Which way it ends up is not what I'm asking. I am also not asking for people to make a judgement about whether the company has a case to fire me with cause or not. I really hope this is clear.

When the decision is made, I'm trying to understand what to expect and what my next steps should be to secure future employment.

If they terminate me with cause, how badly will that affect my future employment prospects?
How can I minimize the damage?
How should I explain it during interviews?
Are companies allowed to say the reason why someone was terminated when contacted by HR from a prospective company?
What are they allowed to say?

If they terminate me without cause and pay severance, how would I explain it during interviews when I'm asked why my previous employment was terminated?

These are the sorts of questions I'm wrestling with. I will accept my fate whichever way it ends up.

I'm grateful for all the posts and opinions, negative or positive. Reading them has given me a better understanding of the process.
Nobody can possibly tell you what to expect when they don't know what it is you've done to get dismissed. You are being far too vague to get any meaningful advice, which leads me to believe you are being fired for cause (which changes everything as far as what you are owed). Nobody here can help since we don't have the true picture.
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Dec 27, 2009
3164 posts
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hockeyfan1990 wrote:
Aug 12th, 2017 6:18 pm
If your going to be terminated and you upset the wrong person, why would you want them as reference. They will not say anything good. If you plan to not use this employer as reference, then just tell the next company you interview with that you decided that the company had no career growth potential if asked why you left.
Just saying that won't fly. If some potential employee worked for the last ten years at a company and didn't have a reference from them I would know for sure that it wasn't good. That person would be crossed off the list of potential candidates to me.
Member
Feb 8, 2017
207 posts
69 upvotes
raichu1 wrote:
Aug 12th, 2017 10:17 pm
S/he been working there for 10 years. The firm will want this reference.
for sure. hiring companies will usually always want a reference from your last job, especially if there for 10 years. how would that look if you provided references and none were from your job for the last 10 years? total non starter
Member
Mar 4, 2010
364 posts
67 upvotes
Toronto
aubgray1 wrote:
Aug 12th, 2017 9:36 am
for cause is very hard to prove in court. for cause dismissals usually involve theft, assault, fraud, etc. pissing someone off or upsetting the wrong people usually don't qualify for cause. that's why most places just pay severance, even when there are documented performance issues.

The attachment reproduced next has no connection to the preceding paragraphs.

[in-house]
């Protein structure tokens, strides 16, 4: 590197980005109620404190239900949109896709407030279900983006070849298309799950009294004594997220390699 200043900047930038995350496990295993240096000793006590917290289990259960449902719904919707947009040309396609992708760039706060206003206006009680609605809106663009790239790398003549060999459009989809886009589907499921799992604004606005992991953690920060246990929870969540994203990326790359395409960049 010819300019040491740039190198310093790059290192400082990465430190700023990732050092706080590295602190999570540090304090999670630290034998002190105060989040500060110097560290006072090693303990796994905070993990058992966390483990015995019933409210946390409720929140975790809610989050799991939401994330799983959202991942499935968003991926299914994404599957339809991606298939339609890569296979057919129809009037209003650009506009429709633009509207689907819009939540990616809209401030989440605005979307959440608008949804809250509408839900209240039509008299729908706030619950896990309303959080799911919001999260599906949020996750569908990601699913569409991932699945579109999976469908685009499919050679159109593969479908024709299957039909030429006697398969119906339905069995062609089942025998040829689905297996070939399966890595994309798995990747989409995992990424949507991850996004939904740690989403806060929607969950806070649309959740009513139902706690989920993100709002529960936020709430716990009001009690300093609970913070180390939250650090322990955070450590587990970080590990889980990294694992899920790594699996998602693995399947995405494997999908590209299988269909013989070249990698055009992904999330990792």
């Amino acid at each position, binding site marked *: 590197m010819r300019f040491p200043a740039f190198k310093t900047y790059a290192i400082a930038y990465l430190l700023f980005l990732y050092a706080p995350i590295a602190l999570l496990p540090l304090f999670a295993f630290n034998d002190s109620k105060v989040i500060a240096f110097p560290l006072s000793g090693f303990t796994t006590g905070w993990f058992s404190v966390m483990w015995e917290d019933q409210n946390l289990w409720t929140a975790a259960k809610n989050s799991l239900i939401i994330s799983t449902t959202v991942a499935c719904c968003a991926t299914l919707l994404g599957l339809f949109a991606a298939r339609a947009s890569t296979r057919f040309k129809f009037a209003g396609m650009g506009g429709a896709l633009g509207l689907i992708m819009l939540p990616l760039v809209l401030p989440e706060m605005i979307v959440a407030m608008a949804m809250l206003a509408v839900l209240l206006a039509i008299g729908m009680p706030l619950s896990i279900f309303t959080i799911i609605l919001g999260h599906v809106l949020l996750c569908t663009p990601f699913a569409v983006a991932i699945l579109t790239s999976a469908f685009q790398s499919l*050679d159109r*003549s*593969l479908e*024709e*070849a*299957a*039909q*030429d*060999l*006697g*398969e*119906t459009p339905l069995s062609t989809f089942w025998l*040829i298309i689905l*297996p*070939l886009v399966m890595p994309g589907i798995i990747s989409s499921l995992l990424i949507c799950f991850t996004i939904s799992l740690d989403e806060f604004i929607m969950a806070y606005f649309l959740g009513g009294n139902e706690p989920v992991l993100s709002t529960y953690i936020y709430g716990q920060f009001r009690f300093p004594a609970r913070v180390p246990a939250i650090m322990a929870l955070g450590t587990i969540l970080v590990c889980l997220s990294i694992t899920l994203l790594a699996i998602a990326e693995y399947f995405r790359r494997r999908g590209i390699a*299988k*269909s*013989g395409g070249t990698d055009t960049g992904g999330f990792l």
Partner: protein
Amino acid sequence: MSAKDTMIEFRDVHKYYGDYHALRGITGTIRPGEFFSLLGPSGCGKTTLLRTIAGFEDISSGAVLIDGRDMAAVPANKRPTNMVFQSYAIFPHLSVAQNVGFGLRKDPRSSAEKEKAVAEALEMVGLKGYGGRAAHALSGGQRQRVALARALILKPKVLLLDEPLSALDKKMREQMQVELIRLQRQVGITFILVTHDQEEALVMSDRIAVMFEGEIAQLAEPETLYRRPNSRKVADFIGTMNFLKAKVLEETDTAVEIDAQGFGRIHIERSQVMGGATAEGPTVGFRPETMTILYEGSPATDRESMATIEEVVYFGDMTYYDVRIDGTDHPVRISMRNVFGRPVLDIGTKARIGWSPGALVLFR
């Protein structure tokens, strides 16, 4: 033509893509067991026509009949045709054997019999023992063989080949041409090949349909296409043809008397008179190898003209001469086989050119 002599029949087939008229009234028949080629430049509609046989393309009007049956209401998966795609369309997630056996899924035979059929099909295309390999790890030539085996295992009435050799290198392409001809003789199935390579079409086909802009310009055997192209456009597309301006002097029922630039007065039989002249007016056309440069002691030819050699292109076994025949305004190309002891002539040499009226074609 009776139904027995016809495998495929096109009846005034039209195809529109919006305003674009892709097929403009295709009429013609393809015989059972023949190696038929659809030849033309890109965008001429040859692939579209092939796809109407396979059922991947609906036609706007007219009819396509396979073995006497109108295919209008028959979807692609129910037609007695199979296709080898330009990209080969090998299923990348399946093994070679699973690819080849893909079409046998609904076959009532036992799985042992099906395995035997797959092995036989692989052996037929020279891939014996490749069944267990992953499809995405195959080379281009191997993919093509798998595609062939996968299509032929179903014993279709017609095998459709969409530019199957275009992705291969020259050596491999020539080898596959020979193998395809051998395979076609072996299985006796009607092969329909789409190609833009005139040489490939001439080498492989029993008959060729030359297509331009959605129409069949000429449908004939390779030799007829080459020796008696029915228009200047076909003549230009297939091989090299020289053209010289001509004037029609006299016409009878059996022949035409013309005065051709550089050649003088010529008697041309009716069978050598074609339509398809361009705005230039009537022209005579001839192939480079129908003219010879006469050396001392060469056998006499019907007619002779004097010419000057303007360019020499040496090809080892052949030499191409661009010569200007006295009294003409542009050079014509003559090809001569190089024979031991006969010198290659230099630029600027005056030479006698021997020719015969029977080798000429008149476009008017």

This 1000%. Just because your employer wants to fire you 'for cause' does not make it so. 'For cause' is generally held for doing something so drastic, like committing a major illegal offence, sexual assault in the office, theft, or giving away trade secrets. They cannot terminate your employment 'for cause' because you told a manager to F off or said his product looked like a Pontiac Aztec.
cmaatos wrote:
Aug 12th, 2017 11:15 am
Which way it ends up is not what I'm asking. I am also not asking for people to make a judgement about whether the company has a case to fire me with cause or not. I really hope this is clear.

When the decision is made, I'm trying to understand what to expect and what my next steps should be to secure future employment.

If they terminate me with cause, how badly will that affect my future employment prospects?
How can I minimize the damage?
How should I explain it during interviews?
Are companies allowed to say the reason why someone was terminated when contacted by HR from a prospective company?
What are they allowed to say?

If they terminate me without cause and pay severance, how would I explain it during interviews when I'm asked why my previous employment was terminated?

These are the sorts of questions I'm wrestling with. I will accept my fate whichever way it ends up.

I'm grateful for all the posts and opinions, negative or positive. Reading them has given me a better understanding of the process.
first your saying you dont want to hear our opinions on the 'for cause' or not but its an important part of why your leaving the organization. You ask later in the same post about minimizing the damage, how it will effect future employment etc.

This is advice:

They will pull you into an indiscriminate room thats far away from anyone else, probably near the main entrance or a side entrance near your parking lot/garage.
depending on the size of the company an HR representative will already be waiting with an envelope or a stack of paperwork.
Your manager may say a few words or not or leave you to be with the HR manager. They'll explain that they are terminating your employment.